Queen Elizabeth II will be buried with Prince Philip in private service on Monday – more royal funeral details revealed
Further details of the ceremony and the next five days have been released by Buckingham Palace
Queen Elizabeth II will be interred with the Duke of Edinburgh in King George VI’s Memorial Chapel in St George’s Chapel, Windsor Castle, in a private service at 7.30pm on Monday.
But the burial service conducted by the Dean of Windsor and attended by the King and royals will remain entirely private, as a “deeply personal family occasion”.
King Charles III, Princess Anne, Prince Andrew and Prince Edward will mount a 15-minute vigil around the Queen’s coffin as it lies in state at 7.30pm on Friday.
After the funeral, the King and members of the Royal Family will walk behind the coffin to Wellington Arch when it leaves Westminster Abbey, before it is driven to Windsor on the state hearse.
Queen Elizabeth II’s committal service will take place at St George’s Chapel, Windsor Castle at 4pm on Monday.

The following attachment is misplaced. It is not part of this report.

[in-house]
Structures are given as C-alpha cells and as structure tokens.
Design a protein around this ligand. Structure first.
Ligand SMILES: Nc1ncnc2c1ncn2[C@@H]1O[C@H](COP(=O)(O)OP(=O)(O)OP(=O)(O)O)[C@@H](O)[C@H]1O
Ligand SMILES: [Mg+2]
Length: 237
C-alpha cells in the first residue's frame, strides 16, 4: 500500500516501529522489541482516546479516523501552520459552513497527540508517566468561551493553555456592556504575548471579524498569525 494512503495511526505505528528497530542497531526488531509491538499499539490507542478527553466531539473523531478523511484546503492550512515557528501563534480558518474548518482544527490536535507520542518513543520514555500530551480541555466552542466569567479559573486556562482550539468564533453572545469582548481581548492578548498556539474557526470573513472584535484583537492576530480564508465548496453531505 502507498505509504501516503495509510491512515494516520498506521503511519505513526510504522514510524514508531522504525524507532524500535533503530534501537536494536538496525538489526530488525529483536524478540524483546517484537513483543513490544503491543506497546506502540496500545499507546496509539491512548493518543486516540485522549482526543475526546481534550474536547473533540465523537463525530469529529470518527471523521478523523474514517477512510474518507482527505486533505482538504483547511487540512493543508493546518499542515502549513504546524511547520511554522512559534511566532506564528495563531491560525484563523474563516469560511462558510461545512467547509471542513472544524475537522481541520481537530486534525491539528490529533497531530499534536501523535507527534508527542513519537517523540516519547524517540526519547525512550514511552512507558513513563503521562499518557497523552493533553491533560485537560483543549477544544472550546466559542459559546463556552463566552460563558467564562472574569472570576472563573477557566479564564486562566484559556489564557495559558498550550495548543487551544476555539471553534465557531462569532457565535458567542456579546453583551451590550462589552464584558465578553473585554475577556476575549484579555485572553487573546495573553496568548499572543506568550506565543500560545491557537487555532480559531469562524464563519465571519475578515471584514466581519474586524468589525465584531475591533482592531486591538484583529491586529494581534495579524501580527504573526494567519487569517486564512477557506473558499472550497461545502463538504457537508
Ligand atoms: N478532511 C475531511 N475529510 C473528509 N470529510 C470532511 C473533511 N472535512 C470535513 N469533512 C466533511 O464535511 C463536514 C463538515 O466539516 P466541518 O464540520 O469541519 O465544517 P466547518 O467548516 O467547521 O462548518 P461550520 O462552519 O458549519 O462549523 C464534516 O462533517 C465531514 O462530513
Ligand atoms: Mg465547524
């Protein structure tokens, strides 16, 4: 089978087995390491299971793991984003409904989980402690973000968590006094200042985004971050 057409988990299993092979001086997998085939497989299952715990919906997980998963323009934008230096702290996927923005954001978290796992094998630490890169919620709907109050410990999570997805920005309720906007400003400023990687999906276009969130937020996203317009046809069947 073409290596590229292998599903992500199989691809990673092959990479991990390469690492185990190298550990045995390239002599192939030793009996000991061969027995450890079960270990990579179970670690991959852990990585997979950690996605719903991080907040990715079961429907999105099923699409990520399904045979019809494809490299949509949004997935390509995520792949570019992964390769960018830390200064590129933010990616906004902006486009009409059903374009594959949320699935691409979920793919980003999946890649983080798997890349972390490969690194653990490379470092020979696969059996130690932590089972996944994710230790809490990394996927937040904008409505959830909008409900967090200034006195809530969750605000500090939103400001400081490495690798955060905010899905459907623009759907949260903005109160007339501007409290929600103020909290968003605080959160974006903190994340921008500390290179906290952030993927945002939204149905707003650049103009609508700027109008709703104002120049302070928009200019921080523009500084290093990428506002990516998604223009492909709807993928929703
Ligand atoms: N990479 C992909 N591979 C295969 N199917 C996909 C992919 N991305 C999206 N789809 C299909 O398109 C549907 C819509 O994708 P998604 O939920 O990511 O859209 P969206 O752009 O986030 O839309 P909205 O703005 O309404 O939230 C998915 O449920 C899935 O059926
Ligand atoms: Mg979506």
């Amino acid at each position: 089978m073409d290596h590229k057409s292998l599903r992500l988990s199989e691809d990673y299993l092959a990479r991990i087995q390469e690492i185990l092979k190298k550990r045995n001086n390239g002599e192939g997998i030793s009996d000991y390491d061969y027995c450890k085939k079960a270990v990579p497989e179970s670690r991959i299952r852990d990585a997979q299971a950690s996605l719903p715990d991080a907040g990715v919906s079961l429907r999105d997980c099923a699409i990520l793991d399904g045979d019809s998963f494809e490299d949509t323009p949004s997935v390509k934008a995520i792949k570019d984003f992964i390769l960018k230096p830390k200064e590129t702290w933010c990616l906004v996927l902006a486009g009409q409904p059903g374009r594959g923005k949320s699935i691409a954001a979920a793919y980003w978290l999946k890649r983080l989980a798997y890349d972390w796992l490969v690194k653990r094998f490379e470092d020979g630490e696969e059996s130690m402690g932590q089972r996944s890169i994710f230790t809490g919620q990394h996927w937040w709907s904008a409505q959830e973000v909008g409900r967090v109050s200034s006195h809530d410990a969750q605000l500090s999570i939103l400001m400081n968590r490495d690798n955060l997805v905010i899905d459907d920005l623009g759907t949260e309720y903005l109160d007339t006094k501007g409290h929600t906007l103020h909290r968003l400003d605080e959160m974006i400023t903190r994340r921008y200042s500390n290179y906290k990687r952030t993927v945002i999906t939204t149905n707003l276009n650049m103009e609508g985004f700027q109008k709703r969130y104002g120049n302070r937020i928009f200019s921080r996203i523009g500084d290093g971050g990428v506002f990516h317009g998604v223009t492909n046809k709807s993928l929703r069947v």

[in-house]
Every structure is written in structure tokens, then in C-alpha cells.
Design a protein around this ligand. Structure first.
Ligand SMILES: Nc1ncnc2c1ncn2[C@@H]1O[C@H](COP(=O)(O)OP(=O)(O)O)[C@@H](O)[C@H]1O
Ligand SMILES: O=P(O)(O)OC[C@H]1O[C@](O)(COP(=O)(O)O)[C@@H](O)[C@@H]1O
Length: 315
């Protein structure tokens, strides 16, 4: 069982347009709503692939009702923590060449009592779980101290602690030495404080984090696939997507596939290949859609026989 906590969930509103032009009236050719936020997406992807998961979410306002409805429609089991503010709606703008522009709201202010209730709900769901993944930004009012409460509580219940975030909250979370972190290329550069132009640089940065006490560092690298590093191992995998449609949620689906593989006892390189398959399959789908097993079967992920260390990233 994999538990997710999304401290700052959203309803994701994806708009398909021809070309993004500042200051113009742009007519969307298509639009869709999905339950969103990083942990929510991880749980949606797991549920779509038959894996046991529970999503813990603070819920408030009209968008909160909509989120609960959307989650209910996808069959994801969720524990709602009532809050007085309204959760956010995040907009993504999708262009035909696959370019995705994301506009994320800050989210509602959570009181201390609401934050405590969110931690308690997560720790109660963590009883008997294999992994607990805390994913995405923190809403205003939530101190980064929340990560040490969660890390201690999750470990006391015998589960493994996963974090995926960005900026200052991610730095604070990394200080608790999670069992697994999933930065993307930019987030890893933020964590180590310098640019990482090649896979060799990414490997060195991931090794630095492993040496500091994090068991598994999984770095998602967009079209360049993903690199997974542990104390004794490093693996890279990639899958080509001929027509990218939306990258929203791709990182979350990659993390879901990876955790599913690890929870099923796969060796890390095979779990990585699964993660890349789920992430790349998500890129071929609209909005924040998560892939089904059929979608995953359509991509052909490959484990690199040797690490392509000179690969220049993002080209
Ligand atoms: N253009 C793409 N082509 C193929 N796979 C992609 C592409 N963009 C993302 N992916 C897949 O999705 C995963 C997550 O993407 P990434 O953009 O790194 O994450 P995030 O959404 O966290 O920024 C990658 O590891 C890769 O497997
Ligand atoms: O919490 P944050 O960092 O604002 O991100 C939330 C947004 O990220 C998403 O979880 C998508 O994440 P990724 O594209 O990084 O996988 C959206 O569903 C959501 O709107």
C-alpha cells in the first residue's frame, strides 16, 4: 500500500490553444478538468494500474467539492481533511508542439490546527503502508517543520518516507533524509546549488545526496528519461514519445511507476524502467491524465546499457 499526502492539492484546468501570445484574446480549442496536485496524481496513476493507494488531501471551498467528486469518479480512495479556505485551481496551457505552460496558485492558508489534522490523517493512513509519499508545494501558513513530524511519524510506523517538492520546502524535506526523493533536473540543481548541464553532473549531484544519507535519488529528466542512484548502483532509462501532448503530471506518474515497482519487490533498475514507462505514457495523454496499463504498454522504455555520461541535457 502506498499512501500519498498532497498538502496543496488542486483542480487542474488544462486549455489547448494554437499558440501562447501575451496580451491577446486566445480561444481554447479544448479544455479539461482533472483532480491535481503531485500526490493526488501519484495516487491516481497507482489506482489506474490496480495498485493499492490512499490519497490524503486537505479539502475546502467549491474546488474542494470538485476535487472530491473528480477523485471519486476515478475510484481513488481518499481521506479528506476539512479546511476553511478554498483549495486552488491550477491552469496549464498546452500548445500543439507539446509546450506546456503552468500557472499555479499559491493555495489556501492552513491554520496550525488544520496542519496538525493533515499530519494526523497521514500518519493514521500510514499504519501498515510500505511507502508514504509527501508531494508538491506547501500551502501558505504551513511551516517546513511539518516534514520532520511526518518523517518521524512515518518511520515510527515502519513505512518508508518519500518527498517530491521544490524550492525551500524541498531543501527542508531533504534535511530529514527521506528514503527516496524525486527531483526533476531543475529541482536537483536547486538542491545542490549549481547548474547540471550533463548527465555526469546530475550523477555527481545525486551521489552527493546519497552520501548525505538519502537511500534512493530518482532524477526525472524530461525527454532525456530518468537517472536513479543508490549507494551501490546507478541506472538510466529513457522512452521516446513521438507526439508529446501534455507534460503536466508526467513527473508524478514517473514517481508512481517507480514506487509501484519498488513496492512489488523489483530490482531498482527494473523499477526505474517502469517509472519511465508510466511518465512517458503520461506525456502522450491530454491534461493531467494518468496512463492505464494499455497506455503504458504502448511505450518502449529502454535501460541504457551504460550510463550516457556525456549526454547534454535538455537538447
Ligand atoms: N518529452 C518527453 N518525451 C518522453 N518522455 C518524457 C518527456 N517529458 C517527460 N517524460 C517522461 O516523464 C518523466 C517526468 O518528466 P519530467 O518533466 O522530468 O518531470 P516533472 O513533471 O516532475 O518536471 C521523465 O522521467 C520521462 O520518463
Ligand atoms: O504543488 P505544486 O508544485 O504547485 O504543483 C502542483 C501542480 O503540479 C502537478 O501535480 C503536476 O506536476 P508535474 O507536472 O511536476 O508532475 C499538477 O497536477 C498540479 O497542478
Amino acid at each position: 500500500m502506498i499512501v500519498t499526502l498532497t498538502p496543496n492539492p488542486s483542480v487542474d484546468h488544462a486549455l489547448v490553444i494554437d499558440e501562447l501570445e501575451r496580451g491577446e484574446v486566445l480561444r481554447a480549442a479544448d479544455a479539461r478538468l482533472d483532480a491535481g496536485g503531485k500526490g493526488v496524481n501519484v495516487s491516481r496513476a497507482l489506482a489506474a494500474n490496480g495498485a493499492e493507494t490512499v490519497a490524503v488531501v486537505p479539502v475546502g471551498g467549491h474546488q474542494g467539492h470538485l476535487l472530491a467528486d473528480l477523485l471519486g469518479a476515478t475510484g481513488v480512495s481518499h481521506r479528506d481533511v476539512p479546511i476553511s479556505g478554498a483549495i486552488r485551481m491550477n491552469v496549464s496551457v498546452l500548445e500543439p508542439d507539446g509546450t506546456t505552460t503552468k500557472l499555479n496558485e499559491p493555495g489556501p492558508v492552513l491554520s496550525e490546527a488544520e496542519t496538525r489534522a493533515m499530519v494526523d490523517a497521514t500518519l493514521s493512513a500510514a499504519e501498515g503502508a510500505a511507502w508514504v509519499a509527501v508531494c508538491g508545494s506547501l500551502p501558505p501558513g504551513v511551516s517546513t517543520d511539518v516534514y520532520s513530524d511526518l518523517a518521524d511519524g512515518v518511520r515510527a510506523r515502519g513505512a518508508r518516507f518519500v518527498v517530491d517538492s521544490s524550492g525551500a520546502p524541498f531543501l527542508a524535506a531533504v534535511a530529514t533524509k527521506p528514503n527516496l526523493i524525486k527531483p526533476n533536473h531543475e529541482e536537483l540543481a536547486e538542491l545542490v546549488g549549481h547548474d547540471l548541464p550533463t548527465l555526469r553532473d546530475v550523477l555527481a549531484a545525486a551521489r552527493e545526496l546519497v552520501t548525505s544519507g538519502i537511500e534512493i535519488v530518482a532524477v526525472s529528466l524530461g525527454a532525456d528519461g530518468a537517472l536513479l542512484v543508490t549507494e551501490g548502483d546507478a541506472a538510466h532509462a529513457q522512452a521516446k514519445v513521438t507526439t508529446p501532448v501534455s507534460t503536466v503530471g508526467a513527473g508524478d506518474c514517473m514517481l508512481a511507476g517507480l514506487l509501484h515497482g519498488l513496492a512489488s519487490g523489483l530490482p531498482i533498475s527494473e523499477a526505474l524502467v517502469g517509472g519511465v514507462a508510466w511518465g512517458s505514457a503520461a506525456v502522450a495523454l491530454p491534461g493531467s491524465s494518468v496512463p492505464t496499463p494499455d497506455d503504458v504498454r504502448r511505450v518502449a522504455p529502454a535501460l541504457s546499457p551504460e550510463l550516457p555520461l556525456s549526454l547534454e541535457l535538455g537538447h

And she will be buried with her late husband later that day.
Two thousand people including world leaders and foreign royals will gather inside Westminster Abbey in London on Monday for the final farewell to the nation’s longest-reigning monarch.
Some 800 people, including members of the Queen’s Household and Windsor estate staff, will attend the committal service afterwards at 4pm in St George’s Chapel, Windsor Castle.
The Earl Marshal, the Duke of Norfolk, described being in charge on such a day as being “both humbling and daunting. An honour and a great responsibility”.
The earl said: “The events of recent days are a reminder of the strength of our Constitution, a system of government, which in so many ways is the envy of the world.
“The Queen held a unique and timeless position in all our lives. This has been felt more keenly over the past few days as the world comes to terms with her demise.
“Her Majesty’s passing has left many people across many continents with a profound sense of loss.
“The respect, admiration and affection in which the Queen was held make our task both humbling and daunting. An honour and a great responsibility.
“It is our aim and belief that the state funeral and events of the next few days will unite people across the globe and resonate with people of all faiths, whilst fulfilling Her Majesty and her family’s wishes to pay a fitting tribute to an extraordinary reign.”